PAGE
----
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US must do all it can to stop terrorist flow from Turkey to Syria - Russia's UN envoy

US must do all it can to stop terrorist flow from Turkey to Syria - Russia's UN envoy
The US should do everything it can to stop the terrorist flow from Turkey to Syria, Russia’s envoy to the UN told the Security Council. Vitaly Churkin also voiced concern over the jihadist buildup around Aleppo, as it threatens the nationwide ceasefire.

The UNSC held a closed-door meeting as another round of peace talks is due to in Geneva. This will be the second meeting since the beginning of the truce brokered by Moscow and Washington in February.

While a fragile ceasefire is generally being observed in the war-torn country, UN envoy Staffan de Mistura told the Security Council via video-conference from Tehran that the escalation in Aleppo province, and in parts of Hama province and Damascus, are cause for concern.

Speaking to reporters at the end of the closed-door meeting, Churkin said de Mistura had confirmed that Al-Nusra Front "had launched an offensive in the region of Aleppo" against Syrian forces. The envoy also noted that during discussions some members of the Security Council voiced concern that the militant build up in Aleppo "may call into question" the upholding of the ceasefire.

"The situation is very complicated and some Security Council members have expressed concern that if the situation around Aleppo escalates, it could call into question the current cessation of hostilities, which is already holding for more than a month," the diplomat said.

On Monday, the Russian military announced that based on their intelligence, some 10,000 terrorist fighters have practically encircled Aleppo and are actively preparing to storm the city. Moscow also warned that Turkey continues to send men and weapons to Al-Nusra Front in Syria across its border.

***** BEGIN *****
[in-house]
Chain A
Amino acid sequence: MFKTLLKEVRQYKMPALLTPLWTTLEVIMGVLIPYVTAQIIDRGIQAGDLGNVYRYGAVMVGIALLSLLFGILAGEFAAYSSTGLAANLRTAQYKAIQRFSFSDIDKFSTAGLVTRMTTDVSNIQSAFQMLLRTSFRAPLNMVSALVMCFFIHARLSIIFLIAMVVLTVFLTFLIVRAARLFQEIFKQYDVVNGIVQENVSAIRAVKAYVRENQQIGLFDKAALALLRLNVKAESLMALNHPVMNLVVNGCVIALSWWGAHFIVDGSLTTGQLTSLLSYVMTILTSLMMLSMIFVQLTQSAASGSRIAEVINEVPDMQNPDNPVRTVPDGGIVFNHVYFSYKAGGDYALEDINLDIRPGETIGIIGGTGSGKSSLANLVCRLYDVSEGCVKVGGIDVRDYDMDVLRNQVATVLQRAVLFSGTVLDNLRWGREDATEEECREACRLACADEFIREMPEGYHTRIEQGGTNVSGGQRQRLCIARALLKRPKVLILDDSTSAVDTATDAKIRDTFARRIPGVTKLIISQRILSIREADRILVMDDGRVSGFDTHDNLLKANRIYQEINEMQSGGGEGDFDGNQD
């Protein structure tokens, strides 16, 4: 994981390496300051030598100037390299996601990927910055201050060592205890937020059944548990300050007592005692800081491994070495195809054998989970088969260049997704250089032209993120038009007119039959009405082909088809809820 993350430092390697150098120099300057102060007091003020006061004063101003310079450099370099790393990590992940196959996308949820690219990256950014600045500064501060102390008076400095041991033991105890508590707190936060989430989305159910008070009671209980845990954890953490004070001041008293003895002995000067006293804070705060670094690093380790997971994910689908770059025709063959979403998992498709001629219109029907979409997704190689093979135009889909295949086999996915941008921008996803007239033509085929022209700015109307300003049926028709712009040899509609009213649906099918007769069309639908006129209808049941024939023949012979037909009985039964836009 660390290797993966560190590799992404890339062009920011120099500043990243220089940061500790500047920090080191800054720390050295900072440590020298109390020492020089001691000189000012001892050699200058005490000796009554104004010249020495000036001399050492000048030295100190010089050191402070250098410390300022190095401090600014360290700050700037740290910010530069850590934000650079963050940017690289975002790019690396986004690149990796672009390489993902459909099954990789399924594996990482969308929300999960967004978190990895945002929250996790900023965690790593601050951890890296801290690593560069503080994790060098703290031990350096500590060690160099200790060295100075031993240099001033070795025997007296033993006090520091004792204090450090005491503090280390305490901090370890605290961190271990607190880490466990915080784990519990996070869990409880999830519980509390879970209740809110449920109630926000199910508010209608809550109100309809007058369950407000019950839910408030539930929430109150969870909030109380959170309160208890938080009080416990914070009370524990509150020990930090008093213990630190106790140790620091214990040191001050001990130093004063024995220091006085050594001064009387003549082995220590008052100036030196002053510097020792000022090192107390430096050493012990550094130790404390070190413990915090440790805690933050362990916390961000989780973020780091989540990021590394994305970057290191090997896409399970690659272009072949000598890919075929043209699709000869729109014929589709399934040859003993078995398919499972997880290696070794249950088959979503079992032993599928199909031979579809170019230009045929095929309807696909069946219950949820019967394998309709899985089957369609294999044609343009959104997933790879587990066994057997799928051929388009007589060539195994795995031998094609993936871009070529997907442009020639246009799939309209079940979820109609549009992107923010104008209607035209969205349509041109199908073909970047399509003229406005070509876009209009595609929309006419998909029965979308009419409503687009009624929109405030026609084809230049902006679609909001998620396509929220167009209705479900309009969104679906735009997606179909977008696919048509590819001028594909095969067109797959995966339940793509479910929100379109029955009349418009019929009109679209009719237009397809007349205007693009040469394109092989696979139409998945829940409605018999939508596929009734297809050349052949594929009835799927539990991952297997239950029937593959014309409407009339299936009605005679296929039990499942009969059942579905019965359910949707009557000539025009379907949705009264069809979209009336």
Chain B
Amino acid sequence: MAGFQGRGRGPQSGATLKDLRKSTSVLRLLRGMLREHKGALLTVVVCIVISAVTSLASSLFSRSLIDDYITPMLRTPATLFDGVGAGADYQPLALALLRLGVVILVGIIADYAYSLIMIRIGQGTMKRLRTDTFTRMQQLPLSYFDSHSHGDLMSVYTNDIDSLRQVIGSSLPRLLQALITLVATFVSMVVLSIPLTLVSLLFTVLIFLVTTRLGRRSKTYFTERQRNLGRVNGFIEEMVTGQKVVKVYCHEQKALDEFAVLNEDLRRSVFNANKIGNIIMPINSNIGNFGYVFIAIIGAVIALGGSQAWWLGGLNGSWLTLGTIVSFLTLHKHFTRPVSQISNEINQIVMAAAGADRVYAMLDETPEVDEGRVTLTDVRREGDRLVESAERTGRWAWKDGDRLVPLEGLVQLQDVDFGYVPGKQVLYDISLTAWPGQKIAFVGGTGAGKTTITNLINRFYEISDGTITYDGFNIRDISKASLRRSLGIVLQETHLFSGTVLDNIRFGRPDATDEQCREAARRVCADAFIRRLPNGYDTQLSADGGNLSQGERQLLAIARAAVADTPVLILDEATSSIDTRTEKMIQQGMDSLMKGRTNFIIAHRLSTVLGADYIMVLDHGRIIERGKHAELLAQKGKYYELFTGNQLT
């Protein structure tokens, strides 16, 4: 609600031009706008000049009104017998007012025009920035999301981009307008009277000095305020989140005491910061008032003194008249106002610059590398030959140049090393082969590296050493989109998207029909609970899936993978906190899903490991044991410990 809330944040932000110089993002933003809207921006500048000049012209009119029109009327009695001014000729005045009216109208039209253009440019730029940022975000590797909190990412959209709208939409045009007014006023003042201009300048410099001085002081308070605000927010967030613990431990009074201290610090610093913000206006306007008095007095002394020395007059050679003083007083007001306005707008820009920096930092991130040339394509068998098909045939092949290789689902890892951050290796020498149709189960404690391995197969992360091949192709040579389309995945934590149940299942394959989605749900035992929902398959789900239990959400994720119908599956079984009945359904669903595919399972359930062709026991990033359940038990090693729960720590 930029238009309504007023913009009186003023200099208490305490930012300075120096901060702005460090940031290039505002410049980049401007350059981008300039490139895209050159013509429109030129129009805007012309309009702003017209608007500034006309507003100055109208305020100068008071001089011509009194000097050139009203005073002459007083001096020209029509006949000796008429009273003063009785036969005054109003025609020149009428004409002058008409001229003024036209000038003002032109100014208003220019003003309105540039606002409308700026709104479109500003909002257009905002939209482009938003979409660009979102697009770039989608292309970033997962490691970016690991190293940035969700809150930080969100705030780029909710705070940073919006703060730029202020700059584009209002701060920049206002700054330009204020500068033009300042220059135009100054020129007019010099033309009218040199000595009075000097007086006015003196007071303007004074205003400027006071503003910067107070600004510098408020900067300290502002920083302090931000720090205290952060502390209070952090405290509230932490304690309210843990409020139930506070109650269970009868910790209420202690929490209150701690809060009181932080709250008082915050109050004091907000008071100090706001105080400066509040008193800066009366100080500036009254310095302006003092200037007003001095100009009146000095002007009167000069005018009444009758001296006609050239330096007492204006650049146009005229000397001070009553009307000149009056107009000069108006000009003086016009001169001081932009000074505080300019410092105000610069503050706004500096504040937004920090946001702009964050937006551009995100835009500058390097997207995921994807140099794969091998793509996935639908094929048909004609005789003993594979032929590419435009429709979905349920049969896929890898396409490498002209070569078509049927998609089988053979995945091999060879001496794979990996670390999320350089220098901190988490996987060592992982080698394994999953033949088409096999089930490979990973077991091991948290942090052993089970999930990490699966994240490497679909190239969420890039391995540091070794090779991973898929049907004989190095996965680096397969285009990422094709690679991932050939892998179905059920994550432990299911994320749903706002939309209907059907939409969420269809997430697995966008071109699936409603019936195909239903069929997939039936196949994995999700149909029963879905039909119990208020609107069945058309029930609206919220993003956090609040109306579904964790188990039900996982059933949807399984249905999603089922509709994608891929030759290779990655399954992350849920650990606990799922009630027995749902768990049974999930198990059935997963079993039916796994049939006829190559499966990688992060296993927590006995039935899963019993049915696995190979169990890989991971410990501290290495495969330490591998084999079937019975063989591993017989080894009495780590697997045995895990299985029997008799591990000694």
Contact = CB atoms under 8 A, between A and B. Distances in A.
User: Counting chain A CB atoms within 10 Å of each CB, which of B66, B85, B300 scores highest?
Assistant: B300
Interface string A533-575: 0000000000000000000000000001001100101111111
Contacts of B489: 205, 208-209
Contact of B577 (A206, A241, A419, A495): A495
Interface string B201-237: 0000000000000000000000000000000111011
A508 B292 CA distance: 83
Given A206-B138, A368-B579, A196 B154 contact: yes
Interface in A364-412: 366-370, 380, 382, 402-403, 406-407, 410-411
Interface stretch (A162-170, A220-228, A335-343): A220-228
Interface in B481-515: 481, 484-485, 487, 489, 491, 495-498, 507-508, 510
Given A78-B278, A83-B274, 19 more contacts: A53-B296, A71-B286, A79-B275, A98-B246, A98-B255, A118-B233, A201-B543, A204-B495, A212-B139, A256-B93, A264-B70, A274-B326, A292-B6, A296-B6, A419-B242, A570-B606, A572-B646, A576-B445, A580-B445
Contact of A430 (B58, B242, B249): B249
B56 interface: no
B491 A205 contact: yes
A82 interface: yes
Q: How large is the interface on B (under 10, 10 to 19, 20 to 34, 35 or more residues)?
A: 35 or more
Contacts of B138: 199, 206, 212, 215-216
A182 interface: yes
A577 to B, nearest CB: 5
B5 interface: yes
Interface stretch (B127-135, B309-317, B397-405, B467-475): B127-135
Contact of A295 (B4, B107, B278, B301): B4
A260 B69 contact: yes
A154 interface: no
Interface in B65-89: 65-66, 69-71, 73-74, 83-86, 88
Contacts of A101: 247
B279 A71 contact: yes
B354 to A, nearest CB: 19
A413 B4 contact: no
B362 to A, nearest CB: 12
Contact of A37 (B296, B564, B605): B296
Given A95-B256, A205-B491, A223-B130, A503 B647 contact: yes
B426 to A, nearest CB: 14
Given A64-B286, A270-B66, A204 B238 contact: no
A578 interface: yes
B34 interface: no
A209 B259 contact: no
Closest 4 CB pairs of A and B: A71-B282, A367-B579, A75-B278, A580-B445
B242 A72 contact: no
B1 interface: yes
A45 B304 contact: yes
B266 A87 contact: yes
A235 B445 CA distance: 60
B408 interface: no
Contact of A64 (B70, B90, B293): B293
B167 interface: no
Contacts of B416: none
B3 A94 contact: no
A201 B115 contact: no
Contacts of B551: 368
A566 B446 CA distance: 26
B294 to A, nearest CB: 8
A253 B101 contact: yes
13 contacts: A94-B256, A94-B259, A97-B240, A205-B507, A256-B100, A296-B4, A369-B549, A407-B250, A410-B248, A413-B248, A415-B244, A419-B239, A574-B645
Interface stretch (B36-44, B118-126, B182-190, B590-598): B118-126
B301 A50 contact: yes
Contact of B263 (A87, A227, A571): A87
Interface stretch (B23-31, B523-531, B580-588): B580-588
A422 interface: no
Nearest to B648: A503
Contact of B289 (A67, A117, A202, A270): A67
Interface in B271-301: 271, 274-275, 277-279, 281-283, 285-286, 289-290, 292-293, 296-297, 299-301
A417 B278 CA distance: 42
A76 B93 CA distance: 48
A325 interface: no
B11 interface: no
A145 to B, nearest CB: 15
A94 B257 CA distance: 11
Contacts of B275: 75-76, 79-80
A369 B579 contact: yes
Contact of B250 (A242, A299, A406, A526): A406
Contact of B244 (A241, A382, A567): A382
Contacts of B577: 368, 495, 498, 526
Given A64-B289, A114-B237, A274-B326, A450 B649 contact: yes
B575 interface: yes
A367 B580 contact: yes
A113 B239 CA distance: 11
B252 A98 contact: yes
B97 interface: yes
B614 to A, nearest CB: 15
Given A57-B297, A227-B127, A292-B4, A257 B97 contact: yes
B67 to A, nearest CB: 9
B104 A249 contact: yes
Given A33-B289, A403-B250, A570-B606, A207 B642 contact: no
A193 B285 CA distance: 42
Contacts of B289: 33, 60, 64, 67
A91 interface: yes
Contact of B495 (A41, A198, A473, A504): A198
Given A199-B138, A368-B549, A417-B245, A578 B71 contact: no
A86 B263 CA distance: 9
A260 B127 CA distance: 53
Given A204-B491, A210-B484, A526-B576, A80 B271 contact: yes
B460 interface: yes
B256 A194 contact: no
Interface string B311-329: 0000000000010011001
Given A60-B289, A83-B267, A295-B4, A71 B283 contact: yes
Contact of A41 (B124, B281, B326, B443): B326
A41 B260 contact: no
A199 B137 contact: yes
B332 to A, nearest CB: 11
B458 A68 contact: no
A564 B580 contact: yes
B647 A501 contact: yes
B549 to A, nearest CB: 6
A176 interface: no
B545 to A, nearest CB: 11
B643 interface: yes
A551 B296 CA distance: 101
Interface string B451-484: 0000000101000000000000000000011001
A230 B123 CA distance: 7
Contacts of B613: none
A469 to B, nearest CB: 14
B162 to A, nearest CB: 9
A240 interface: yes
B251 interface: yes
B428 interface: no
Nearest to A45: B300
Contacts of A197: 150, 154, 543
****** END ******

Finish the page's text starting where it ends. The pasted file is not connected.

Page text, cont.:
But the Russian and UN warnings of the massive jihadist forces buildup around Aleppo, were misconstrued by US envoy Samantha Power who told reporters after the meeting that US was "very alarmed" by Syria's plans to launch a counter-offensive in Aleppo.

"That would be devastating, for the people of Aleppo of course, but also to this intricate process where the cessation of hostilities, humanitarian access and political negotiations are all related to one another," she said.

Power also noted that Moscow should "get the regime [in Damascus] back with the program." "Right now, there are signs that this is slipping and it is a much more delicate environment for de Mistura to convene political talks.”

In response, Churkin said, “We all have to do something. We all have to work on advancing the political process.”

"These 'close allies' [Washington and Ankara] must ensure that Turkey's territory is not used to funnel fighters. Only in the last few days it was observed that a few thousand fighters from Turkey crossed into Syria, many of them into the Aleppo district," Churkin said.

Returning to the issue of the ongoing peace negotiations in Geneva, he said that Turkey is threatening to disrupt the peace process if Syrian Kurds are invited to the negotiations table.

Turkey is “threatened to make negotiations impossible, that the situation will explode, if the Syrian Kurds are invited," Churkin said, calling such an approach “completely irrational."

Churkin once again reiterated Moscow's position on the necessity to include the Kurds in the peace process, saying that otherwise the Syrian Kurds are “beginning to think of a Federation.”

"If they do not participate in a process that lays the foundation for the future of Syria, they will think about their own future. We do not want to see that because we want to preserve the territorial integrity of Syria,” he said.